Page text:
ON A grassy knoll in Perthshire, on a golf course which Ryder Cup Radio suggested was housing “the entire population of Scotland”, I suddenly felt like Debbie McGee.
A few yards away, although there weren’t enough of them for my liking, stood a diminutive millionaire – not Paul Daniels but Rory McIlroy.
Instead of Daniels taking aim with knives at his lovely assistant, the world’s best golfer was contemplating his second at the ninth in the fourballs from a position in the rough below myself and the other knoll-dwellers, all of us unable to move from the line of fire because a steward had roped us in with words of caution I didn’t quite understand: “You’ve seen Police Academy, haven’t you?”
“He’s No 1 in the world – he’s going to clear us, yes?” whispered the man next to me, stars down one leg, stripes down the other. Half of me felt privileged to see the sport’s whizz-kid superstar at such close, Attenborough-on-safari quarters while the other half wanted to be anywhere else, even in the tent promoting the latest advances in plus-fours – and because my American friend was breathing heavy I guessed his percentages erred heavily on the side of getting the hell out of “Glen-(pause)-Eagles”. But Rory cleared us, the knoll, the trees above, everything. Of course he did and another dimpled white pebble zinged across the big VistaVision sky.
The Ryder Cup. A lot of people – maybe not quite the population of Scotland, but close – have been waiting a long time for it to get here, and none more so than the starter, Ivor Robson. Imagine how many times he’d rehearsed his introductions for a home tournament, pacing the living-room shagpile like it was the first tee, only for the great day to arrive and for him to cock up, announcing Bubba Watson instead of Webb Simpson.
In the Hubba-Bubba of precisely 7:35am yesterday, Ivor’s nerves were understandable. “Yoo-rup, Yoo-rup” was the big chant, sung to the tune of the old football standard “Penis, penis”. Excitement increased for the arrival of Ian Poulter, the Ryder Cup fancy dan, and Stephen Gallacher, the local boy. “Walking in a Poulter wonderland,” chorused the crowd, and then: “There’s only one Stevie G.” But these two started out as shaky as poor Ivor and would never recover.
That early in the morning, they needed to get their eye in, as did we all. Your correspondent misread the slogan on the back of the biggest grandstand: “Where legends are forced”. On closer inspection it was “forged” but a cynic, unmoved by the hype this tournament gets now, might have reckoned “forced” was right. Well, the legends aspirant of Glen-(pause)-Eagles weren’t romping it. The strong gusts saw to that in the morning games and birdies were thin on the ground.
Glen-(pause)-Eagles sounds like a comic-book hero golfer but in his absence we had Phil Mickelson, America’s big gun. “A street-scrapper,” Ryder Cup Radio called the swaggering leftie as we followed his game through Kittle Kink to Whaup’s Nest. Except right at that moment he was wearing golfing mittens, two of them, on the green – the big jessie.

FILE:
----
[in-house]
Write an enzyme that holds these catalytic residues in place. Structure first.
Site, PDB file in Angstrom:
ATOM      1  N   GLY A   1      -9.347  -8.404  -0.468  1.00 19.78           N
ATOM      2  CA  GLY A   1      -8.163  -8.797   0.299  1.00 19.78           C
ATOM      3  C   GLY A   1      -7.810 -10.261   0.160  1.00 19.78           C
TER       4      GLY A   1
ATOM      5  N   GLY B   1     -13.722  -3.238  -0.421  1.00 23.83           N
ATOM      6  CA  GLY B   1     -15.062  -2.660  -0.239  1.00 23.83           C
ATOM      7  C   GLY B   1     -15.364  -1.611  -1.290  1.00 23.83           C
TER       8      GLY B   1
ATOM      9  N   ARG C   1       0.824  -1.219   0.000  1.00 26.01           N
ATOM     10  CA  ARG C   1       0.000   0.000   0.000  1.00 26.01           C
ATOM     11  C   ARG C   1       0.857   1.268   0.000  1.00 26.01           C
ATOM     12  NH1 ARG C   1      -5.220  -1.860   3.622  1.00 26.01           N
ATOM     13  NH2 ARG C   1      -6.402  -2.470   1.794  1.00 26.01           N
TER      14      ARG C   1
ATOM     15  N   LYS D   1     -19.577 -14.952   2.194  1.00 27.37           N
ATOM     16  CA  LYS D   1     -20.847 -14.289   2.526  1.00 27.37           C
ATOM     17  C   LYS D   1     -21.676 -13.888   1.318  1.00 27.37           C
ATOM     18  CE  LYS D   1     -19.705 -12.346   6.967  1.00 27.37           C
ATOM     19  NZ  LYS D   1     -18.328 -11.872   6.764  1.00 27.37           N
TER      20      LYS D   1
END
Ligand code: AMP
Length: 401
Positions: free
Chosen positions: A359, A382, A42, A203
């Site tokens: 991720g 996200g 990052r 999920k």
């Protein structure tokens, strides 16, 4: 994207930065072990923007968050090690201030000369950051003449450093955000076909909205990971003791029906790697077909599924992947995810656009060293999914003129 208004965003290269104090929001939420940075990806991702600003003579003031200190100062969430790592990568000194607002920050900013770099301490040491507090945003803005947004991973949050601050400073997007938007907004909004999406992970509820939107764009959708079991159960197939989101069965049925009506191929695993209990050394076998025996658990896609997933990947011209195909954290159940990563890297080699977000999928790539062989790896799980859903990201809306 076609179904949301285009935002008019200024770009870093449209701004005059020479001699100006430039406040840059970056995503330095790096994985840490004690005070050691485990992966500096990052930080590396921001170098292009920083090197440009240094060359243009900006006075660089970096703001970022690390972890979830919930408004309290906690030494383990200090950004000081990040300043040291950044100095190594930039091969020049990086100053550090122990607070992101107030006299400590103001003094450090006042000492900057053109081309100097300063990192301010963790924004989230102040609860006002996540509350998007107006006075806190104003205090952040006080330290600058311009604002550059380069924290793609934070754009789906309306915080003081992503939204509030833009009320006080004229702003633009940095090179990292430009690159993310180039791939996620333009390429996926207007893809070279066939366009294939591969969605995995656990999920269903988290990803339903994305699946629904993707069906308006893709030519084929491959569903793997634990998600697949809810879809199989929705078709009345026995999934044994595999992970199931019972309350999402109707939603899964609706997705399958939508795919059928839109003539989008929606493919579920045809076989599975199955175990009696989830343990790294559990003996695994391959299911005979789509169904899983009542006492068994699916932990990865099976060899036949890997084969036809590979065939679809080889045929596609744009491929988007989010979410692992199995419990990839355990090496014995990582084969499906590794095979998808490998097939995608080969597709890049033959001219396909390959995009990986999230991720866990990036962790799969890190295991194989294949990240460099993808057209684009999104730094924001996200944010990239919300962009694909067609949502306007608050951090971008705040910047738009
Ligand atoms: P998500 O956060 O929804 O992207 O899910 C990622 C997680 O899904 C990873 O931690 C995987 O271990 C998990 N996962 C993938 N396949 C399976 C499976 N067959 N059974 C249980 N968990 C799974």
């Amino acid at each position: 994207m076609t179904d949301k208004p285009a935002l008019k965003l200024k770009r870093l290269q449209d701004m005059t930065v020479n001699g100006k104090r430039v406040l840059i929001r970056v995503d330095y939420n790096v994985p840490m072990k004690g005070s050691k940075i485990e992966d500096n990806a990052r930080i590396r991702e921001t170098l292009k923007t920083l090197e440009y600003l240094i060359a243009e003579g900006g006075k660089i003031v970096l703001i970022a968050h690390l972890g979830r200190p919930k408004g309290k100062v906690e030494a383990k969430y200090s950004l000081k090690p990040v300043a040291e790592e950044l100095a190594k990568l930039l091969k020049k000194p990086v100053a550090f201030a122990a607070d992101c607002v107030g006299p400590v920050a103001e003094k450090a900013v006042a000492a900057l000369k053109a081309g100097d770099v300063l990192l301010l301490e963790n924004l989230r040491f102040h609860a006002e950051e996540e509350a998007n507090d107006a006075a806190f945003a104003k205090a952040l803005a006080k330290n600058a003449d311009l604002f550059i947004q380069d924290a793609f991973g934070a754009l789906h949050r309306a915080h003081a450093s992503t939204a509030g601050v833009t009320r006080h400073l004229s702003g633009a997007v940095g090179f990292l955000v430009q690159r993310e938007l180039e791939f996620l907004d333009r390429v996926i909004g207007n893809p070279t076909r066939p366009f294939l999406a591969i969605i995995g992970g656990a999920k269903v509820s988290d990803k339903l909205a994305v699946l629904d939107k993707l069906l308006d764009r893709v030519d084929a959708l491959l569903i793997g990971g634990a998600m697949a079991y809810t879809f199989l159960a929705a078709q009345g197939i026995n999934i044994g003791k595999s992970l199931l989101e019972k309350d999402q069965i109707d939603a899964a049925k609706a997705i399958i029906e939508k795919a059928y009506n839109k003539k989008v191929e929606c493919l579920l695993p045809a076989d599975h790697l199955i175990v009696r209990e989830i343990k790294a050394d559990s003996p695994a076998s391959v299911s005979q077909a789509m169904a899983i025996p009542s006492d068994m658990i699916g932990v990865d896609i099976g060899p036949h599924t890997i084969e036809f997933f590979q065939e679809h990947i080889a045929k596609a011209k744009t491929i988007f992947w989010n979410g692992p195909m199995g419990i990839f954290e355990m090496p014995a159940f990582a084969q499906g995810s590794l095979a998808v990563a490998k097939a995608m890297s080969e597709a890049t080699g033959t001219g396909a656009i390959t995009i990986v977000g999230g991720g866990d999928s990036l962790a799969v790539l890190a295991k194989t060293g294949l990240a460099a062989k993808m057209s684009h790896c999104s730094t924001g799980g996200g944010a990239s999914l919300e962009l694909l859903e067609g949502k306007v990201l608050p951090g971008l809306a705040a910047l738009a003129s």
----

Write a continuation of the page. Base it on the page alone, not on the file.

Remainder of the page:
Ahead with the Poulter-Gallacher combo, Commonwealth Games hero Alex “Tattie” Marshall was giving the Scot good support, along with fellow bowling gold medallists Paul Foster and David Peacock. What had Tattie been doing since we last saw him? “A holiday in the Dominican Republic, personal appearances, going round schools, but I haven’t bowled since the summer. The winter season indoors starts soon enough.”
Indoor golf will never happen, not when there are settings this gorgeous. “Gleneagles, on the coast of Scotland,” drooled Ryder Cup Radio. And them thar hills, what might these be? “The Oak Hills.” The Americans in the crowd, although I thought I might see more of them, were loving the vibe. “We’re from Minnesota, venue for 2016, so we’re your greetings committee,” said Tom Ahern from Minneapolis, dressed like his pals in the purple kit of the local American football team, the Vikings, topped off with fetching Norsewoman headgear. “We needed 12 outfits and this is all we could get,” he added, with surprising US self-consciousness.
Five German nutters opted for white onesies with “Kaymer” on the back. “This is a tribute to the caddies of Augusta where Martin our hero won the Masters,” said Peter Niehage from Stuttgart. “We’re having a great time in Scotland. Tomorrow we wear lederhosen because you will expect it of us and on Sunday each of us puts on the shirt of our football team. It’s been a great year for German sport, you know.”
Elsewhere on the fairways the fans showed off their golfing gadgetry and gimcrackery: kneeling cushions, blocks to make you taller than the other guy, spy-grade periscopes to see over his head if he’s really some kind of freak. Meanwhile the polis rode bicycles with their sergeant on stabilisers.
There was less need for the contraptions in the foursomes when the crowds thinned out, possibly because the corporates were still in hospitality or having a wee lie down. This cleared space by the ropes for the hardcore, the cognoscenti and the yompers. Even so, no one could be everywhere. Mild, late-afternoon panic took hold when some in the throng would hear shouts coming from elsewhere and give chase.
These poor souls must have thought they were at the wrong party, that everyone else was having much more fun than they were. Partly this feeling was caused by a first day which was interesting enough, scrappy at times, but somewhat lacking in the dramatic. And when the pursuers reached the seat of the noise they might well have been underwhelmed. The sound they thought they heard may have simply been a trick of the Perthshire wind – a snell bluster which caused some of the Ryder Cup’s stars to keep cavalier play in their bags, and prompted at least one of them to reach for the heavy-duty oven gloves.